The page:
Board of Discipleship ($10,970) is responsible for five specific core areas: Christian Education, Evangelism, Spiritual Formation, Stewardship and Worship.  In addition, the Board provides support and resources to local churches and local church leaders to equip, enable, and resource Christian Education. It also offers regional and conference-wide learning experiences such as Academies for Spiritual Formation through Upper Room Ministries.    Commission on Religion and Race ($7,250) advocates for diversity in leadership at all levels, serves as a catalyst for local churches to create new places for new people, and trains leaders in order to make disciples of Jesus Christ for the transformation of a racially diverse world.

Board of Church and Society ($3,035) empowers local churches to be world transforming communities of faith and advance God’s reign through advocacy, education, and action on social justice issues. Consistent with the Four Areas of Focus of The United Methodist Church, the Board is focusing on Care of God’s Creation, Social Determinants of Health, Restorative Justice, and Welcoming and understanding immigrants, refugees and ethnic minorities. The Board strives to inform every Iowa United Methodist about the contents of the United Methodist Social Principles Commission on the Status and Role of Women ($1,310) advocates for full participation of women in the life of The United Methodist Church and helps the church recognize every person–clergy and lay, women and men, adults and children – as full and equal parts of God’s family.   Commission on Christian Unity and Interreligious Concerns  ($0) works toward the unity of all Christians by encouraging our congregations to work closely with Churches Uniting in Christ and seeking a closer working relationship among member denominations.  The Commission seeks to foster stronger interfaith communities with our neighbors of other religious traditions.   Commission on Ministries with Persons with Disabilities ($0) strives to heighten awareness of disability issues in the Iowa Annual Conference and in local United Methodist Churches.  The agency is a resource to District Church Location and Building committees and provides seed grants for funding for the improvement of accessibility to buildings and activities.




Michelle Martin is beginning to realize her dream of becoming a recognized leader in The United Methodist Church. She’s joined some 20 other Deaf and Hard-of-Hearing people in taking a 10-hour, basic class toward certified lay servant status. Before, obstacles — such as a lack of interpreters — always emerged. “This is the first time I was able actually to take a lay servant’s class and start on the path where God wants me to go,” said Martin, of Cypress United Methodist Church in Cypress, Texas. The course itself is a first. Never before has the denomination offered lay servant instruction tailored to the Deaf. “This is history-making,” said Philadelphia Area Bishop Peggy Johnson. “Our system is not that friendly for people with language challenges … . This (course) empowers people to be involved in ministry.” The high-profile class is just part of the Global Methodist Missions Conference of the Deaf, held in August 2017 at a conference center about 40 miles south of Dallas. Every four years, the conference brings together Deaf people and Deaf ministry specialists from Methodist denominations across the world. Johnson began the event in 2005, when she was pastor of Christ Church United Methodist Church of the Deaf in Baltimore. She invited to the city colleagues in Deaf ministries, including as lead presenter the Rev. Sang-Suck Nam of the Seoul Church of the Deaf. “The Koreans had 13 Deaf churches, each with Deaf pastors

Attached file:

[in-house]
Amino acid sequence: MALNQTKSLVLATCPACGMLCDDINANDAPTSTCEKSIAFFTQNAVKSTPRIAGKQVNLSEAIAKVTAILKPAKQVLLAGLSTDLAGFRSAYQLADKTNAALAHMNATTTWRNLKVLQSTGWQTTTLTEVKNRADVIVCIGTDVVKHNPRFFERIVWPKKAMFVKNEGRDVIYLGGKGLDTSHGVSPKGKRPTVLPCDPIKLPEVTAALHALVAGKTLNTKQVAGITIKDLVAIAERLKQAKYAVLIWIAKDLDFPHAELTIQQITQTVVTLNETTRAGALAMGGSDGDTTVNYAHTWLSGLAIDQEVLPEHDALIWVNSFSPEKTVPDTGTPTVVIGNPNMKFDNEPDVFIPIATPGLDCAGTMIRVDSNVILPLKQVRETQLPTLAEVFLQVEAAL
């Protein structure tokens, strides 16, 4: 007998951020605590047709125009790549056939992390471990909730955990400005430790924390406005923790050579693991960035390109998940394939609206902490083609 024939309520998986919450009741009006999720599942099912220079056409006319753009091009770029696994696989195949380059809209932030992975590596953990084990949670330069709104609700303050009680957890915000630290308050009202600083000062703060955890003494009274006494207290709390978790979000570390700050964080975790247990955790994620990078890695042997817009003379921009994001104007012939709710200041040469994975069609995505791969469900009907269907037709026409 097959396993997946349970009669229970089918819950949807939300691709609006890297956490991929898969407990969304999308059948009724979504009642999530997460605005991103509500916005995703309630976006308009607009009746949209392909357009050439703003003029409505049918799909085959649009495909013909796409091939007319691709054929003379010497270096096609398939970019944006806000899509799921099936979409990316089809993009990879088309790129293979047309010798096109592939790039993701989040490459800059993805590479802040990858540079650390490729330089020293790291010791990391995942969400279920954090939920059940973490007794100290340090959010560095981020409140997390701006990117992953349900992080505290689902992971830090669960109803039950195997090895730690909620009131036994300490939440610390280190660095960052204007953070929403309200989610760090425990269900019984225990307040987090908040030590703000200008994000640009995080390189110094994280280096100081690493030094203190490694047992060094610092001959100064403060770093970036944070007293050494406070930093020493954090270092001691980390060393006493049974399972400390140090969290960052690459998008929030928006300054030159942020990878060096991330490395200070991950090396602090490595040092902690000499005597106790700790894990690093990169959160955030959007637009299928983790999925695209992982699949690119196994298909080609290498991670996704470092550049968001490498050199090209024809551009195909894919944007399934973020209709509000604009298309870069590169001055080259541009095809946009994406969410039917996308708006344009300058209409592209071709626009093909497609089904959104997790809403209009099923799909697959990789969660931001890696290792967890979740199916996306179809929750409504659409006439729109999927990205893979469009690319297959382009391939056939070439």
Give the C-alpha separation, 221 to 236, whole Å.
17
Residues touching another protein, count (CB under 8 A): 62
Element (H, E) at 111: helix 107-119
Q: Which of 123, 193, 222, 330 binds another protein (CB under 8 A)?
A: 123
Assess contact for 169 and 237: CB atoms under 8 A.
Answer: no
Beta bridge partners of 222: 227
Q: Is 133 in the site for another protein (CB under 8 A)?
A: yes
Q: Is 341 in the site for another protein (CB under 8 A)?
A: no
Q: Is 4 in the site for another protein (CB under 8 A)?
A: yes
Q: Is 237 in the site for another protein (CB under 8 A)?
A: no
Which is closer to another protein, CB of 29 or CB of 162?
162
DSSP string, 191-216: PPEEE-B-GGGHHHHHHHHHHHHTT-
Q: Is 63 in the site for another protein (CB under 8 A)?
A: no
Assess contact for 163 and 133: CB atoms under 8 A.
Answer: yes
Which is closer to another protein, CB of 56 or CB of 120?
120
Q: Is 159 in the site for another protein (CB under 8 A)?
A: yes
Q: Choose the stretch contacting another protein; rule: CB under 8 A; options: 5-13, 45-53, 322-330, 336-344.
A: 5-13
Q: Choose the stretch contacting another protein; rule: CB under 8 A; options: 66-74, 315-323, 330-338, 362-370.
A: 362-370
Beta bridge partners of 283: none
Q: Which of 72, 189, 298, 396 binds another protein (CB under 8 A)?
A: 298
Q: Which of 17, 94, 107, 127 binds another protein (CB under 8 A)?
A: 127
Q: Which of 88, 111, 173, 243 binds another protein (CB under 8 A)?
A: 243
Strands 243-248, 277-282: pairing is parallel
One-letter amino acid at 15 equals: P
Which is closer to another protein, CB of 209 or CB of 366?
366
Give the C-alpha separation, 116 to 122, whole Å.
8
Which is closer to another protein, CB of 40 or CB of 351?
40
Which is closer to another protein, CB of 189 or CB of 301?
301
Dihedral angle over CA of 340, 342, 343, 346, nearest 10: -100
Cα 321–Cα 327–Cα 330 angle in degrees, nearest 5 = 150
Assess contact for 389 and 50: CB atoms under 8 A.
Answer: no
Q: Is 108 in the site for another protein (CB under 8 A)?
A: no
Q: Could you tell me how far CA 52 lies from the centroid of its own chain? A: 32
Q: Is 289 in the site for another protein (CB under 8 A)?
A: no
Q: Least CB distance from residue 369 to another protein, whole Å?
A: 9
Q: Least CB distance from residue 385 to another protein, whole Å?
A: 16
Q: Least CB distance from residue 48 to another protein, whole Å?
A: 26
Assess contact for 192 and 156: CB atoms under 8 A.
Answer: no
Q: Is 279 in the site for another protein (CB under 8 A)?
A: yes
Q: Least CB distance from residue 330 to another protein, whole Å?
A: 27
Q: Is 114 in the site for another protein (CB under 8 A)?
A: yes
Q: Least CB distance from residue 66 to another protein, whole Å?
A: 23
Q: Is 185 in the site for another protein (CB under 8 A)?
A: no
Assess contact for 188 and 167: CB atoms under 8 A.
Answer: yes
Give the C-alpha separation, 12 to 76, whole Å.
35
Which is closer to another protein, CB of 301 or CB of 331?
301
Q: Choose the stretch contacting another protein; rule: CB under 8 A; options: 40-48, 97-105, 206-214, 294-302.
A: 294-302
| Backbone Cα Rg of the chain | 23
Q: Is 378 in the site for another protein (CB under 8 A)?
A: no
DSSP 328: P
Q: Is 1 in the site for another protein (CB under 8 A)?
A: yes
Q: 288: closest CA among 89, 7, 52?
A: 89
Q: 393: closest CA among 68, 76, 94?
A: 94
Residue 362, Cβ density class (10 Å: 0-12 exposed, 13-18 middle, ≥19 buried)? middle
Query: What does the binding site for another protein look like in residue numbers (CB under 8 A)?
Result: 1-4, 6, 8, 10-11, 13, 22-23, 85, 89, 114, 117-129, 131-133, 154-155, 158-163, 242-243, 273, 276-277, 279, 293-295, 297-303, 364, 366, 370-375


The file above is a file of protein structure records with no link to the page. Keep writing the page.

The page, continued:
and sending Deaf missionaries — some to countries where the Christian faith is discouraged and even persecuted,” Johnson said. “It was my hope that starting an international conference would give us a Holy Spirit jolt to be evangelists for Christ’s love among the Deaf around the world and in the U.S.” The second conference was in South Korea and the third in Kenya. This fourth gathering, in Texas, has been largely organized by another longtime Deaf ministry leader, the Rev. Tom Hudspeth, executive pastor of Dallas’ Lovers Lane United Methodist Church. Deaf people attended from South Korea, Kenya, Ghana and Sri Lanka, as well as from across the United States. For the first time, South America had a group from a fast-growing Deaf congregation within Central Methodist Church of Deaf Ministry—continues on Page 14 Belo Horizonte, Brazil. NARRATIVE NARRATIVE BUDGET BUDGET 2017 2018